"Oh, no, you don't need to apologize. Let's keep the past behind us."
"So, how's the new team?" Adrija asked after a brief spell of silence.
"What if I say the old team was better?"
Adrija looked down and then looked up again at him. "Do you wish to come back?"
"Okay, I will ask the administrative unit to put you back in my team."
"Thanks. Can I ask you to do something more for me?"
"Sure, go ahead."
"Marry me, Adrija."
"You heard me — marry me, Adrija."
"Impossible; you must not be saying such things."
"Why not? I love you, and you know I love you, don't you?"
"Yes, and ever since I got a hint of it, I wished you started hating me."
"And you misbehaved with me thinking I would start hating you. You are a crazy girl. Our bond of love is so deep that such petty things cannot affect it."
"Please stop this lunacy, Raghav. I don't appreciate this at all."
"Well, I am just venting my feelings. If you say no, I will respect your decision and not bother you anymore."
"But you hardly know anything about me."
"All I need to know is I love you."
"Don't, please don't say those words again and again." Adrija's voice broke as tears emerged in the corners of her eyes.
"Why are you crying?"
"Sorry, Raghav, but I am not the right woman for you."
"Let me decide who's the right woman for me."
"Why don't you understand?"
"What is there to understand?"
"Raghav, I am a widow."
"So what? That doesn't change my feelings for you."
"But he doesn't want it, Raghav."
"Who doesn't want what?"
"My husband does not want me to get married again. He is very possessive about me."
"I thought he is dead."
"Yes, he is, but he is back in our world. Since the time I met you, he has been moving around me."
"What are you saying, Adrija? Are you in your senses?"
"I knew you wouldn't believe me. Though I can't see my husband, I can sense his presence all around me. He is trying to prevent me from getting married to you."
"It can't be. You must be making a mistake."
"Look at the collage behind you — sometimes it appears my husband is watching me through those pictures. He doesn't want me to be married again, and I respect his wishes."
Raghav stood up and gazed at the collage behind him. The man figuring in many of the pictures of the collage was familiar — could it be him? Yes, it was him — Mr. Vipin Pradhan.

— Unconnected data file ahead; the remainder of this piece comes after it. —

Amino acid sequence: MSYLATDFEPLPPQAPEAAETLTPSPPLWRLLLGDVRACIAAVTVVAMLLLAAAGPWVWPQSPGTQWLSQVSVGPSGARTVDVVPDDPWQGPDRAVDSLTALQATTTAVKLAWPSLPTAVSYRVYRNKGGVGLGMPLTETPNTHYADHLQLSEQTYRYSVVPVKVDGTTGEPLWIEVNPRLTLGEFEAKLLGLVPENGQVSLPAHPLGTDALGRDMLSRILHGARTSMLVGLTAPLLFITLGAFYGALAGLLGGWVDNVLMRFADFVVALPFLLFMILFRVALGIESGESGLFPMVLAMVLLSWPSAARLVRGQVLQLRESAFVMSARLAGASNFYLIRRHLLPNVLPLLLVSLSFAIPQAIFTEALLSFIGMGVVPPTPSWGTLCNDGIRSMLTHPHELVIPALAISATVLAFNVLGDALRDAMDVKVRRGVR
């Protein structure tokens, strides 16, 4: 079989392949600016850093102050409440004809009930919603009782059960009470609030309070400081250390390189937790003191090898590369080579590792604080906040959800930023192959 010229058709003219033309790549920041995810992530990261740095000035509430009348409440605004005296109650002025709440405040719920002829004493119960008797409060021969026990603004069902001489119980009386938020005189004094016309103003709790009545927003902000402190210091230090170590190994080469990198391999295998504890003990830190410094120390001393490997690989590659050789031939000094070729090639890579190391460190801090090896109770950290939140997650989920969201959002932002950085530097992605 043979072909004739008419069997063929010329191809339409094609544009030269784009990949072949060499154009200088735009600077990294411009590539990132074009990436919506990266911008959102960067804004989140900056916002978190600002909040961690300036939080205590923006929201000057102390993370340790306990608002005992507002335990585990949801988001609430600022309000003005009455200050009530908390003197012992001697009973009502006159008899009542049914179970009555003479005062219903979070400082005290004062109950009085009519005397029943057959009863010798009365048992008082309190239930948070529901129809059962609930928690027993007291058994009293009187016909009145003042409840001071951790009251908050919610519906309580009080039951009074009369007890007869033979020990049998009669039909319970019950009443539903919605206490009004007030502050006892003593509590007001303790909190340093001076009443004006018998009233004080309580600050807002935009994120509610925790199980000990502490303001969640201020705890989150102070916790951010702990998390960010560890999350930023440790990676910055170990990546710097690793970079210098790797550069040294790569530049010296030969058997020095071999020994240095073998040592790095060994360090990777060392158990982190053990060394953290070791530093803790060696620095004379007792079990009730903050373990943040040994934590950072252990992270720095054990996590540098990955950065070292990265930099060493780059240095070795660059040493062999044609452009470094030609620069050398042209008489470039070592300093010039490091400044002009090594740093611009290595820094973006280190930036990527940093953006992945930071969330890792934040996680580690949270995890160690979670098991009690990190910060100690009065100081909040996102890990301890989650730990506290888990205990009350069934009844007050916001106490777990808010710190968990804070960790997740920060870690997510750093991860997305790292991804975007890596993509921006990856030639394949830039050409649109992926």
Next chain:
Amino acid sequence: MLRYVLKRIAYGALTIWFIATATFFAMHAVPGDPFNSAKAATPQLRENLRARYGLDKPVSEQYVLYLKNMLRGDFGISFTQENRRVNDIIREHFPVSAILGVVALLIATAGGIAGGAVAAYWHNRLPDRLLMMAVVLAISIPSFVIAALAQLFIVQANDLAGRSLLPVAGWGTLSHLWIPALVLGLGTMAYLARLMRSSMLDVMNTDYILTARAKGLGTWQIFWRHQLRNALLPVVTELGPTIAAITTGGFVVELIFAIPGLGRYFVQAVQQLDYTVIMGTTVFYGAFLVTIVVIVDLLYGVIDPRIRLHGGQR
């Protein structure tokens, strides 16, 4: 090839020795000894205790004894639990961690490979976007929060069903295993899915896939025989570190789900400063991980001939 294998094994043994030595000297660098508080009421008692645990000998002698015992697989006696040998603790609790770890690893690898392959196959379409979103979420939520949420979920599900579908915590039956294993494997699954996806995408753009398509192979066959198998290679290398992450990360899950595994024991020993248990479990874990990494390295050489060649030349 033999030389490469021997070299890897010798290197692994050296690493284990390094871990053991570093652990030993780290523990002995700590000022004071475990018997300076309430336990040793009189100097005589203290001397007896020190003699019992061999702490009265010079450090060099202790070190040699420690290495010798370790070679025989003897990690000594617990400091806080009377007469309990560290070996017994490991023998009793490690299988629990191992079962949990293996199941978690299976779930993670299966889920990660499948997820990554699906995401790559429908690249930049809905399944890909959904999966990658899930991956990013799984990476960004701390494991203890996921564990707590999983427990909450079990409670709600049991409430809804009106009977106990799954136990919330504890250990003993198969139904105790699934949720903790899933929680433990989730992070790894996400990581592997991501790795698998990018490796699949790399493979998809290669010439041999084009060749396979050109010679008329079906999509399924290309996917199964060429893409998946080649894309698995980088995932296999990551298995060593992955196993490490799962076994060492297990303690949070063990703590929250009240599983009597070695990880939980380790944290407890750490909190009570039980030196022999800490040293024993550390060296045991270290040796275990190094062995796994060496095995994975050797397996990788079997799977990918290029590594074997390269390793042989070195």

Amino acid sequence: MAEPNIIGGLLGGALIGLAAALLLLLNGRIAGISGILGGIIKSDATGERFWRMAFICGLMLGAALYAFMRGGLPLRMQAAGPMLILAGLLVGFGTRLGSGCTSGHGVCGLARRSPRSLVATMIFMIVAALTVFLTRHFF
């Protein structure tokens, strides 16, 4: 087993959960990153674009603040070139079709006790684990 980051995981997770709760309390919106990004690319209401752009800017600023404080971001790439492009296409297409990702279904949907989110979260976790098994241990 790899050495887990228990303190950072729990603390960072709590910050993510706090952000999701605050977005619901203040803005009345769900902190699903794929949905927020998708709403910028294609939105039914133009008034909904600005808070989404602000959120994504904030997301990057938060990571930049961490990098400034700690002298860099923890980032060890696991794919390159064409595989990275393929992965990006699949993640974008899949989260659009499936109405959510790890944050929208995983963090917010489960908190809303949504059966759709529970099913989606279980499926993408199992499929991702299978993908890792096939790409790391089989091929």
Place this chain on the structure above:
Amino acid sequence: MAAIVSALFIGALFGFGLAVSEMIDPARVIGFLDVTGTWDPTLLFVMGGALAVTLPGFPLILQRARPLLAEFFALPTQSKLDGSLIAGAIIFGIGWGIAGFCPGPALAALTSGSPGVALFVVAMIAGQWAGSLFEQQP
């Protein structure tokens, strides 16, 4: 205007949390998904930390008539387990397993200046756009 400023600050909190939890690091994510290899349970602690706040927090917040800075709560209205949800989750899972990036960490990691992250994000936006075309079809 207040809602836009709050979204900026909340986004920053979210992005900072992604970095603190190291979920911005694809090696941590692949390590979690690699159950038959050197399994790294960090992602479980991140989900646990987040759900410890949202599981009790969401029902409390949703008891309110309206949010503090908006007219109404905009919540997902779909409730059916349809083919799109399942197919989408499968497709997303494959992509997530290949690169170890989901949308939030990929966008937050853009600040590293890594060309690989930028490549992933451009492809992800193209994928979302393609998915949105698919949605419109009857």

"What's Vipin doing with you?" He asked, facing her.
"Did you know Vipin?" Adrija said with a touch of surprise.
"Of course, I know him. Vipin works in the Cash and Accounts Unit of Prairie Publications."
"No, Raghav. He never worked in the Prairie Publications. Vipin was a businessman who dealt in garments."
"But I see him often in the office."
"What? Did you say you often see him in the office?"
"Yes. We are friends. I enjoy talking to him. But why do you find it so unbelievable.?"
"Raghav, Vipin was my husband. He died because of congenital heart disease."
Shock waves moved up Raghav's spine. For a long time thereafter, nobody spoke. By the time Raghav regained his balance, he knew the exact truth.
"Listen, Adrija, now I understand everything. Indeed, the spirit of your deceased husband has been moving around you since the time the two of us met. But he wasn't hanging around you to prevent our marriage. On the contrary, he was trying to tell you that you should marry me. I, too, met Vipin ... I mean, I met his spirit several times. Trust me — I just didn't see him but also talked to him. Perhaps, such close interactions became possible because I am sensitive to spirit phenomena. Now I can tell what he has been trying to do ... all along, he has been trying to bring us together. Vipin is a noble soul, Adrija. Noble souls are not plagued by narrow feelings such as possessiveness and jealousy. Our marriage will be a true tribute to him.
Raghav moved close to Adrija and placed his arms around her waist.
"I love you, Adrija."
"Say it again."
"I love you."
In Adrija's teary eyes, he found the acceptance of his love.
Thanks for listening to OBSCURUS. If you like what you heard, please subscribe and visit biswajitbanerjee.com for more information about Biswajit's books, movies, documentaries, and other creative pursuits. We shall see you next Wednesday with another episode of OBSCURUS. Till then, take care!